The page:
Home > Uncategorized > Arnold Zweig: Whole generation shed man’s blood, whole generation to be poured forth in vats of blood

Arnold Zweig: Whole generation shed man’s blood, whole generation to be poured forth in vats of blood

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Anti-war essays, poems, short stories and literary excerpts

German writers on peace and war

Arnold Zweig: Selections on war

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Arnold Zweig
From The Case of Sergeant Grischa (1927)
Translated by Eric Sutton

Arnold-Zweig

It was pretty certain that a man who was likely to have a hole blown in his head, or be burst into whirling fragments by a mine, had little cause to believe in a new life. In the great beyond there could be no room for so many innocent dead.

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“Look at the facts. How long does this degree of willingness last? If the German soldier refuses to obey orders, he is shot. And for that shadow of a possibility of returning – if he’s lucky this time, he’ll be for it next time. Consider, Exzellenz. Phosgene shells, and gas attacks, are gradually reducing the scope of the Divine Mercy that you mentioned. The art of war, looked at from the technical point of view, seems to be intended to put God in His proper place…”

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Grischa, who was stamping up and down the cell, up and down, from door to window, stopped: it suddenly occurred to him that he would be a queer object by next summer. He had seen men who had lain in the earth throughout the winter and the spring and then had been brought to light again in the course of trench-digging, or by some other accident of war: they still looked like men, but they were not beautiful. Yet why should he turn away from them, when he too was destined to become just such a shrunken mouldering corpse himself? He had to face much: why not this horror too?

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The German authorities had charge of his possessions: sixty-three roubles in paper money, saved out of his pay, and sixteen German marks. They would have to give him all that back, or, if not, send it to Marfa Ivanovna. He knew it would be sent through Sweden. They were sensible people there, who kept out of the war, and they undertook such small services as these between the two mad warring hordes, so that the memory of human fellowship should not entirely perish from the earth. He thought how he had meant to get home, and sighed: he had set his feet upon the way to peace, so that at last he might sit down in quiet by his wife and child; but the War had caught him in a trap, in a trench that had no outlet. He saw himself as an imprisoned wolf, ensnared into a defile…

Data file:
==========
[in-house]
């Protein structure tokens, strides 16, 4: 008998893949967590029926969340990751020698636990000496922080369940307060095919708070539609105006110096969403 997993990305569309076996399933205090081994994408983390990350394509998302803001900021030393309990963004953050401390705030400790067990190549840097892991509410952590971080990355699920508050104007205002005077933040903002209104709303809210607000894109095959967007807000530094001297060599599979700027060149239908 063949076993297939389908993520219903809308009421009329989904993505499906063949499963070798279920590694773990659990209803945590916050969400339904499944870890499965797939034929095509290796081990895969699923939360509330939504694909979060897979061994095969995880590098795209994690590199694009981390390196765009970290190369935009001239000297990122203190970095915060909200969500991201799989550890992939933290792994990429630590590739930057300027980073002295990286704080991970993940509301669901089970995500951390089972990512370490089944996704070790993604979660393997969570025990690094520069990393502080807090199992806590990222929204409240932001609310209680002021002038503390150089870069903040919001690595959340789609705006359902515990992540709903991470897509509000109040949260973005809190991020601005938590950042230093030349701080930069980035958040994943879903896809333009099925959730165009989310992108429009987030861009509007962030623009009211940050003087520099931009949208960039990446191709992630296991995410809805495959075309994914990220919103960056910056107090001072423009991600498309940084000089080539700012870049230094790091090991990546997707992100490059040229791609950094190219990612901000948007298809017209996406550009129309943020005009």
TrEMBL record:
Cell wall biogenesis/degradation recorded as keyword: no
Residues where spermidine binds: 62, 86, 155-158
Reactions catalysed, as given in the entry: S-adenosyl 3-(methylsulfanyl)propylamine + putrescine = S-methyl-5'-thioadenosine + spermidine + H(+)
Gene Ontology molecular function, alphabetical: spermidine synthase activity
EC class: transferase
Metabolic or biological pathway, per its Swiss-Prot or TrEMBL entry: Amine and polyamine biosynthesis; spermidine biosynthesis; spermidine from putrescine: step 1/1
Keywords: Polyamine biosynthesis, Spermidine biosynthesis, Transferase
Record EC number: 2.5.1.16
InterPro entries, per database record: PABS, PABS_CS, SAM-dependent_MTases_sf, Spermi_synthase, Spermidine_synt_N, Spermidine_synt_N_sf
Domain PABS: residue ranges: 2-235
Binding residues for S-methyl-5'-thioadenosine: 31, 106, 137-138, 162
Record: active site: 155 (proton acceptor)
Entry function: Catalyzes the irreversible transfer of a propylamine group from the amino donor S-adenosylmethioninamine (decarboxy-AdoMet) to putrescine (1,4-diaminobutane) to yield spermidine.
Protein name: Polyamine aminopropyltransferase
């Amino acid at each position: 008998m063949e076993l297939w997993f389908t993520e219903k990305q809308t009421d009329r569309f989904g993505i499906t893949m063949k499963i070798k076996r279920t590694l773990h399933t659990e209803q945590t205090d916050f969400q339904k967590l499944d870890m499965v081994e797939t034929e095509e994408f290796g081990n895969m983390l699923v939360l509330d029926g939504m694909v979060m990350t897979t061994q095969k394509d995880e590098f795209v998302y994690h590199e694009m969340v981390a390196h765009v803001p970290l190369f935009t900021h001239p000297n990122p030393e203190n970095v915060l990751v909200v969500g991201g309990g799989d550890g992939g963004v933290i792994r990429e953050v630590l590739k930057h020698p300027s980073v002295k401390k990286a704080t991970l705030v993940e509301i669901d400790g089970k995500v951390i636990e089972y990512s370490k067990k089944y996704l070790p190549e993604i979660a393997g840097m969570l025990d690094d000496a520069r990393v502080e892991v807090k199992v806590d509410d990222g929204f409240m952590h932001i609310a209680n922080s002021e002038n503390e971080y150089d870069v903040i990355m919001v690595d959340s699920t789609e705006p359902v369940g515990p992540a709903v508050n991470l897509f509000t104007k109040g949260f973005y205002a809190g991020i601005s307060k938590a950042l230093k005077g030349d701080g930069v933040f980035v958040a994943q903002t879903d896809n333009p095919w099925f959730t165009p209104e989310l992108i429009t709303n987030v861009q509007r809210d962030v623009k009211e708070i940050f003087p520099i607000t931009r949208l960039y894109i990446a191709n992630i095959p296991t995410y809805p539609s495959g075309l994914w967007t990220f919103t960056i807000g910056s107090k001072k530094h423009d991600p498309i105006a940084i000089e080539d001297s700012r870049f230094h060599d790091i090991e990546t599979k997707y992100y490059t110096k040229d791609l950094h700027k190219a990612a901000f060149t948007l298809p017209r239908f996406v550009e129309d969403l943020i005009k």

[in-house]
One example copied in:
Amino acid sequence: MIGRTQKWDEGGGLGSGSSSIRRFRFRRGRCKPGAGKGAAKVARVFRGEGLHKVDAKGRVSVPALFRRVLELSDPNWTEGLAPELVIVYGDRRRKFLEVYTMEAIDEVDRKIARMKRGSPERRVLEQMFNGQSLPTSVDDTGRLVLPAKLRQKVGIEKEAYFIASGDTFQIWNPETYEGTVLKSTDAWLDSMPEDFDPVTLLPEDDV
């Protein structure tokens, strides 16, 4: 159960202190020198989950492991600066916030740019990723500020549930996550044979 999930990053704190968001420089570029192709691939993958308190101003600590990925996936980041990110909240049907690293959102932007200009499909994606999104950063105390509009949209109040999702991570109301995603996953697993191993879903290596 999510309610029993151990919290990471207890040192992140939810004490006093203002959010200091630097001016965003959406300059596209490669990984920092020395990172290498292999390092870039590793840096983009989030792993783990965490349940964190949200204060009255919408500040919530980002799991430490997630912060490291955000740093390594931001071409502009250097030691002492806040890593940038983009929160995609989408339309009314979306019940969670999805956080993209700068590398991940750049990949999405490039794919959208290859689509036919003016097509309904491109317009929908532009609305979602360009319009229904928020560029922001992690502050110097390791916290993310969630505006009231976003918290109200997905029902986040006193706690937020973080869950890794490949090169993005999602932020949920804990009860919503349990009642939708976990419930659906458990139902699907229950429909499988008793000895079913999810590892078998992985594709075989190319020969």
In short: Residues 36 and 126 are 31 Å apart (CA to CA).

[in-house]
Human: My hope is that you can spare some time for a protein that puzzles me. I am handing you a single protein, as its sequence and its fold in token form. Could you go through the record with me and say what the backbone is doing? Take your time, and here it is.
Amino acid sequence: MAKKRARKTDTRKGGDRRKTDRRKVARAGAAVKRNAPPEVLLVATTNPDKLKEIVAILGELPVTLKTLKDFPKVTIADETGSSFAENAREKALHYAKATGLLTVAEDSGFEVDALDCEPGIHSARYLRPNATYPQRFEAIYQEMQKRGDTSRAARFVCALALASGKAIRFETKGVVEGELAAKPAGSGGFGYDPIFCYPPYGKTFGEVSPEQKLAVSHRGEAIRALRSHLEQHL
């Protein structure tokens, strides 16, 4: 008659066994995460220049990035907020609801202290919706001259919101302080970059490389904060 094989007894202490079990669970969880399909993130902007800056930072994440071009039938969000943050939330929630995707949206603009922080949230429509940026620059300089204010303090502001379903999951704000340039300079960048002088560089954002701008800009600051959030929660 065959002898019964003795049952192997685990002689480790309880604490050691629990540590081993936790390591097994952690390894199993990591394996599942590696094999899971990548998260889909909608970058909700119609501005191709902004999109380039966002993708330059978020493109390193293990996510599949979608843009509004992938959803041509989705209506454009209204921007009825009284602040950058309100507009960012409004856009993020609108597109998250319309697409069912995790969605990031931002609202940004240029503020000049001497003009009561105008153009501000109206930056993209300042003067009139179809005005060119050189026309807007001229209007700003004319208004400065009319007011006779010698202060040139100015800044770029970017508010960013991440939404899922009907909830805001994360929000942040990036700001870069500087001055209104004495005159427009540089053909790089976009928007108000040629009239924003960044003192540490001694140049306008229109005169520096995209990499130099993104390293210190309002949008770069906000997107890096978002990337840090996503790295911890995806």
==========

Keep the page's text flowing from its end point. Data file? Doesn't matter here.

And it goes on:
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Täwje had been sure of one thing. “Whoso sheddeth a man’s blood, by man shall his blood be shed.” And he saw it: it had nothing to do with good or bad. The Bible did not say: “the bad man who sheds man’s blood shall have his blood shed by good men,” nor does it say “the good man who sheds man’s blood shall have his blood shed by bad men.” It simply said: “he that sheds shall be shed, he that smites shall be smitten,” and Grischa’s whole face lit up with surprise as he grasped, with infinite satisfaction, the conclusion of this brief meditation. He was glad to find the matter was in order; his anguish had passed away. The case of Grischa Paprotkin no longer seemed to him a thing foul and unnatural: it was quite in order. All that mattered was that something should be in order. This whole generation had shed man’s blood: and now the whole generation was to be poured forth in vats or buckets or drops of blood, no matter how. Justice must be served.

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Grischa’s soul was roving through the many ways of the labyrinth of sleep. He had flung himself down and gone to sleep as sound as a boy in a bundle of hay that steeped his senses in its fragrant intoxicating breath. The wind was no longer blowing against the window, and the general warmth of the building spread in through the passage, and there was a warm layer of air in the lower part of the room up to the height of the bed. Clad in his cloak, with his boots off, like a butterfly in its chrysalis, with a spare shirt and a ground-sheet rolled up to make a pillow, the doomed man lay within those four narrow walls that reeked of smoke and stone masonry, and slept: he slept away his living hours and lived in the calendar of dreams. Death was stirring within him. His inmost being was upturned, as the earth is turned up by a mole, laying bare new seams of thought, burying the old ones beneath them, and as he sank deeper and deeper into the toils of sleep, a sort of smile was limned on his stern grey sunken features. He was drinking “Bruderschaft” with those he had killed. They sat at long tables supported on rough balks of timber driven into the red and spongy earth, tables such as soldiers drink at; they were sitting on benches, toasting one another with tumblers full of coffee which they scooped from great bubbling cauldrons: but the coffee was blood. There were Germans in their grey cloaks; Frenchmen (whom he had seen when working on the Western Front) in their sky-blue tunics, and steel-blue ridged helmets; Tommies in khaki with small faces and snub noses, then the Austrians, and the Russian hordes, and among them was Grischa himself. They had killed one another, and now they were drinking each other’s health in the soldiers’ Heaven and perhaps the soldiers’ Hell; how should they know the difference…The blood shed for their several Fatherlands, collected together in one huge cauldron, tasted sweet, like punch…

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